Sunday, October 14, 2001

Remember 9-11-01


After the Fall

Tourism may be off its low, but
it's a long way to normal

By Russ Lynch

Little by little, Hawaii's tourism industry is creeping back and there are some encouraging signs for the coming weeks, such as low mainland-Hawaii air fares and national survey results saying a high percentage of leisure travelers still plan to make their trips.

But a month after the terrorist attacks there is no sign the massive decline in travel from Japan is easing and travel executives caution that there are still enormous unknowns, such as the possibility of more terrorist attacks.

"There are some things that are clear and some things that are still evolving," said Rob Solomon, senior vice president for marketing of Outrigger Hotels & Resorts.

"What is clear is that the reservations trend looking forward has definitely turned positive and has been creeping up on a day-by-day basis," Solomon said.

According to another Outrigger spokesman, Jim Austin, the company's Hawaii properties have not had a day below 60 percent occupancy in October.

Tourists swim at Kuhio Beach last week. How long it
will take for the visitor industry to rebound is hard to say.

"That's still below what we should be but it indicates that we've improved over that short-term reaction after the terrorists' attack," Austin said.

Solomon said the company is still getting cancellations, for near-term as well as long-term bookings, despite an upturn in new reservations, though he thinks some may be "latent cancellations." Those would come from people who booked future visits without having made a firm decision to come and are now backing out, he said.

"Initially, there was a surge of cancellations," from near-term travelers whose plans were put on hold, Solomon said.

Now people are re-evaluating, watching the news of the retaliations in Afghanistan and other events, as well as worrying about the economy, Solomon said.

The lower air fares posted in recent days by most airlines should encourage people to come to Hawaii, he said.

A similar experience has been going on at Pleasant Hawaiian Holidays, the California-based travel packager that has specialized in Hawaii since the 1950s and brings some 400,000 travelers to the islands each year.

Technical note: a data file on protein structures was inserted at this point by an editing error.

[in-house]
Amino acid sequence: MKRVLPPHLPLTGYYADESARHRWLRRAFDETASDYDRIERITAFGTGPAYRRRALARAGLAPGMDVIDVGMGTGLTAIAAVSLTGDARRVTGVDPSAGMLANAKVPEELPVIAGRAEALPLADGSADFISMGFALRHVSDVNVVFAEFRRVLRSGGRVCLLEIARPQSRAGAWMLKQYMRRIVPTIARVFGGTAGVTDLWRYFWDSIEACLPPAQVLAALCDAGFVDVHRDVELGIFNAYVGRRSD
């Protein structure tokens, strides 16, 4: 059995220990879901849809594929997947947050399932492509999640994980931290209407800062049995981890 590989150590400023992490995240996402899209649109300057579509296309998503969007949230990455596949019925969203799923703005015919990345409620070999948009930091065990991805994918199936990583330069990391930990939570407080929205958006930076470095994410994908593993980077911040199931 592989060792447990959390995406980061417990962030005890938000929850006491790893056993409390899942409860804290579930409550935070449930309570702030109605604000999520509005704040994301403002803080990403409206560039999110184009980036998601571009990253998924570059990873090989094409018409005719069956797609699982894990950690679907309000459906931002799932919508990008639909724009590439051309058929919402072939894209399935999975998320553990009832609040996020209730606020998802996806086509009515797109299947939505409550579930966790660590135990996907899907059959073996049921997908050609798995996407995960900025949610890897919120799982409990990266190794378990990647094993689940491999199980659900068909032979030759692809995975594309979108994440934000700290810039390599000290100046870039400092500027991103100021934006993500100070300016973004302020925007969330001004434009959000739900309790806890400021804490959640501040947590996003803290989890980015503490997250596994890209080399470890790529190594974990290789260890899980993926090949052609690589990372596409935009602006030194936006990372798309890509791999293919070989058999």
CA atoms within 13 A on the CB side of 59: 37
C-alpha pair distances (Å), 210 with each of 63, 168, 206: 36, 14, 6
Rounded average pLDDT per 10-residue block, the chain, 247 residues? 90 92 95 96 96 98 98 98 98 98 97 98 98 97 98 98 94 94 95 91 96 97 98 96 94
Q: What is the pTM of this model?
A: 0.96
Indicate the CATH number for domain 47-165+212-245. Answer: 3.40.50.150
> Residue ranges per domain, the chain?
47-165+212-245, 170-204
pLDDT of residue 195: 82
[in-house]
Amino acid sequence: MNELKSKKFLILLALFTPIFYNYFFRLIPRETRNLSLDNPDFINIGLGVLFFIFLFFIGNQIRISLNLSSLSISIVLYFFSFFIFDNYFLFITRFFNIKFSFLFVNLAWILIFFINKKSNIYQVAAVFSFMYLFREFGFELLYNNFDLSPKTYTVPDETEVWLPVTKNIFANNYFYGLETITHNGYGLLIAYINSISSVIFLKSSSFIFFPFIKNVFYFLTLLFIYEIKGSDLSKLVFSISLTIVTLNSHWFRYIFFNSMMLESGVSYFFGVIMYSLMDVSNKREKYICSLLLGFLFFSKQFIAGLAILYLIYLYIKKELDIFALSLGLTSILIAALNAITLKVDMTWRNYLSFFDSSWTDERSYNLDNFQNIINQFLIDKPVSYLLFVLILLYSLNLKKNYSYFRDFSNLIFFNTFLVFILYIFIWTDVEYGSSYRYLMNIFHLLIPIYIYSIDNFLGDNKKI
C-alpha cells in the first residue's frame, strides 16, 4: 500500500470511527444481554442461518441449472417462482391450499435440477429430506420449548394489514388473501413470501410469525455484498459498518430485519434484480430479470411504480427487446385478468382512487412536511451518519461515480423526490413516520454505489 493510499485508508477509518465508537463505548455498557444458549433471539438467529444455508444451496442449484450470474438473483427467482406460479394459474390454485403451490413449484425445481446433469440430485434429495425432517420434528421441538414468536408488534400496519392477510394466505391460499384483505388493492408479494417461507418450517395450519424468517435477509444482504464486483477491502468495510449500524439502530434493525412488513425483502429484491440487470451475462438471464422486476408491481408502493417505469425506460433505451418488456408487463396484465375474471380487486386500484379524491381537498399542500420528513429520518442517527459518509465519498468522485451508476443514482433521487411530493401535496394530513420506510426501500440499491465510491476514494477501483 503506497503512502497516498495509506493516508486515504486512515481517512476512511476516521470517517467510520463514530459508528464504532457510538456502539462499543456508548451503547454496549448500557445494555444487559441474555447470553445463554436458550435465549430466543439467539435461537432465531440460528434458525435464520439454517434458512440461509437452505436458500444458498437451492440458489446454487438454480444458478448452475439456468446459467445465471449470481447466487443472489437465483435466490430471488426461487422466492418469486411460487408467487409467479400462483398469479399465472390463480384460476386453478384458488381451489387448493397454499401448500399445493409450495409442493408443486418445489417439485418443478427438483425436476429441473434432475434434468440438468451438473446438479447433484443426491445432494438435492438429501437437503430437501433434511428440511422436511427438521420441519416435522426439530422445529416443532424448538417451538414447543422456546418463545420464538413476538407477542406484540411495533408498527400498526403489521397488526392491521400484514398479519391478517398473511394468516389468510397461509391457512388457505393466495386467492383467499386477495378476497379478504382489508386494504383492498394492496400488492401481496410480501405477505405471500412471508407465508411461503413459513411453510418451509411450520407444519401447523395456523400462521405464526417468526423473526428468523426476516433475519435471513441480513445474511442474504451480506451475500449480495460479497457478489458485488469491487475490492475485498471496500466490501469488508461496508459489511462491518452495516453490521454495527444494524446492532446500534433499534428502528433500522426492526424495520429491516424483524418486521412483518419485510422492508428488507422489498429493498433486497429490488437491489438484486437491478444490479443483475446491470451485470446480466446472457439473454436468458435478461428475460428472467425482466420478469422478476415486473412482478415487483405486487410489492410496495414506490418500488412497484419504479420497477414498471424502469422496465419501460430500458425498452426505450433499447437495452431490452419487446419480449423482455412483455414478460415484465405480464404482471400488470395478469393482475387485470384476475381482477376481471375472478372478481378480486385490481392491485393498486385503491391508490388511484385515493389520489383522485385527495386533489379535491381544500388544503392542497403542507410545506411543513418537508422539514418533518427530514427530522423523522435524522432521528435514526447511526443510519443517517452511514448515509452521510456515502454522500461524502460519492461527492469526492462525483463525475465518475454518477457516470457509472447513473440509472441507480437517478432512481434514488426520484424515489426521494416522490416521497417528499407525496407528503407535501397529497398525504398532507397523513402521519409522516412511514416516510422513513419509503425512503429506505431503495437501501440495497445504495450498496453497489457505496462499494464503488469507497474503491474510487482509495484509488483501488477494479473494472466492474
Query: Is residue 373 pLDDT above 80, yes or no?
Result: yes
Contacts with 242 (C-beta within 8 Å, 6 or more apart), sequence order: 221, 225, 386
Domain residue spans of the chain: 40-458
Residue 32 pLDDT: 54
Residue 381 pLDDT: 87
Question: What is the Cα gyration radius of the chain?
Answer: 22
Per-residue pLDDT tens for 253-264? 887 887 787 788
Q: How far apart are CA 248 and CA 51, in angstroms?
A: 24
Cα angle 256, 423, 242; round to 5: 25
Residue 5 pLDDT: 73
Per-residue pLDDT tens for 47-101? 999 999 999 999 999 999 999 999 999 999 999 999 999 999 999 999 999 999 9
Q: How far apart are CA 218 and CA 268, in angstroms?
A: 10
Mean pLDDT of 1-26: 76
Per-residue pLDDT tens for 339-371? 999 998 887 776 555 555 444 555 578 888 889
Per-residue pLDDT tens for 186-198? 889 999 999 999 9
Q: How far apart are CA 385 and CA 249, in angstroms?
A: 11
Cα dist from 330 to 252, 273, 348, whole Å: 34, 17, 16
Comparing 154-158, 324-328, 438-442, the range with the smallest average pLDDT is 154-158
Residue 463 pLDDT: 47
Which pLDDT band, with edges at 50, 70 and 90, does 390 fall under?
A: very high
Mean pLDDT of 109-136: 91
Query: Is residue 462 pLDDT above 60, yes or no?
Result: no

"We saw an immediate drop in calls and bookings (after the Sept. 11 disaster and the three-day grounding of the nation's aircraft)," said Ken Phillips, a spokesman at the company's Westlake Village headquarters.

"We pulled almost all of our advertising for the first two weeks following the disaster," Phillips said.

"When we began again, we launched our 'Keep 'em flying' eight-day Honolulu package from Los Angeles or San Francisco at $359 per person, double occupancy, including air, hotel, lei, transfers, orientation breakfast, tote bag and more to help stimulate travel.

"In the week (before last) we had one of our busiest weeks ever and sold nearly 8,000 passengers," Phillips said. Three-quarters of them are booked for October and November, he said.

Last week slowed a bit with the attacks on Afghanistan but the momentum is picking up, Phillips said.

"This will not be a banner quarter or year for Hawaii travel. However, Americans will not be intimidated. They will continue to fly and Hawaii still represents a safe harbor, America's Paradise," Phillips said. "Especially from the West Coast, traffic is increasing almost daily."

That kind of positive comment is not coming from those doing business with the Japanese. "It's still very slow coming back from Japan," said Sharon Weiner, group vice president of administration at DFS Hawaii, which depends on Japanese almost entirely for its duty-free business at the airports and nearly as heavily for its Galleria retail mall in Waikiki.

"The last two weeks in October don't look promising," she said. "We're predicting October will be down 45 percent from the same period of last year for Japanese arrivals."

According to passenger arrival figures from the state Department of Business, Economic Development and Tourism, arrivals from Japan totaled 93,450 from the day airlines resumed flying, Sept. 15, through Thursday. That was a decline of 35.7 percent, or 51,830 people, from 145,280 in the same part of last year.

Weiner said DFS makes its own calculations and they come out a little different. For example, DFS tries not to count young children as arrivals, because they don't contributor to spending patterns.

There is no doubt that the Japanese business is down, however, and most segments of the tourist industry are hoping they will start to turn upwards soon, perhaps as a result of last week's high-level Hawaii tourism mission to Japan.

"The good news in Hawaii is we have what people want, a relatively safe and peaceful, happy place that is still American," Outrigger's Solomon said.

David Preece, Hawaii Visitors and Convention Bureau vice president for North America, said domestic passenger count is on the rise.

"They are spending a little bit less, but the numbers are climbing a bit back up, and we anticipate a fairly decent holiday season," Preece said.

Australian hair salon operator Peter Perkins, stopping Friday afternoon in a Waikiki bar mostly occupied by local residents, had some comments that pretty much sum up the frequent-visitor feelings.

"My wife's been here eight times. I've been here five times. Our son comes every year. We're pretty much Hawaiian freaks," Perkins said.

Perkins said he and his family were not about to be put off by the actions of some terrorists. Their bookings were made four months ago.

"We were horrified when we saw the first hit and then the second hit" on the World Trade Center, Perkins said. "We can't let that rule us, we just can't."

E-mail to Business Editor

Text Site Directory:
[News] [Business] [Features] [Sports] [Editorial] [Do It Electric!]
[Classified Ads] [Search] [Subscribe] [Info] [Letter to Editor]

© 2001 Honolulu Star-Bulletin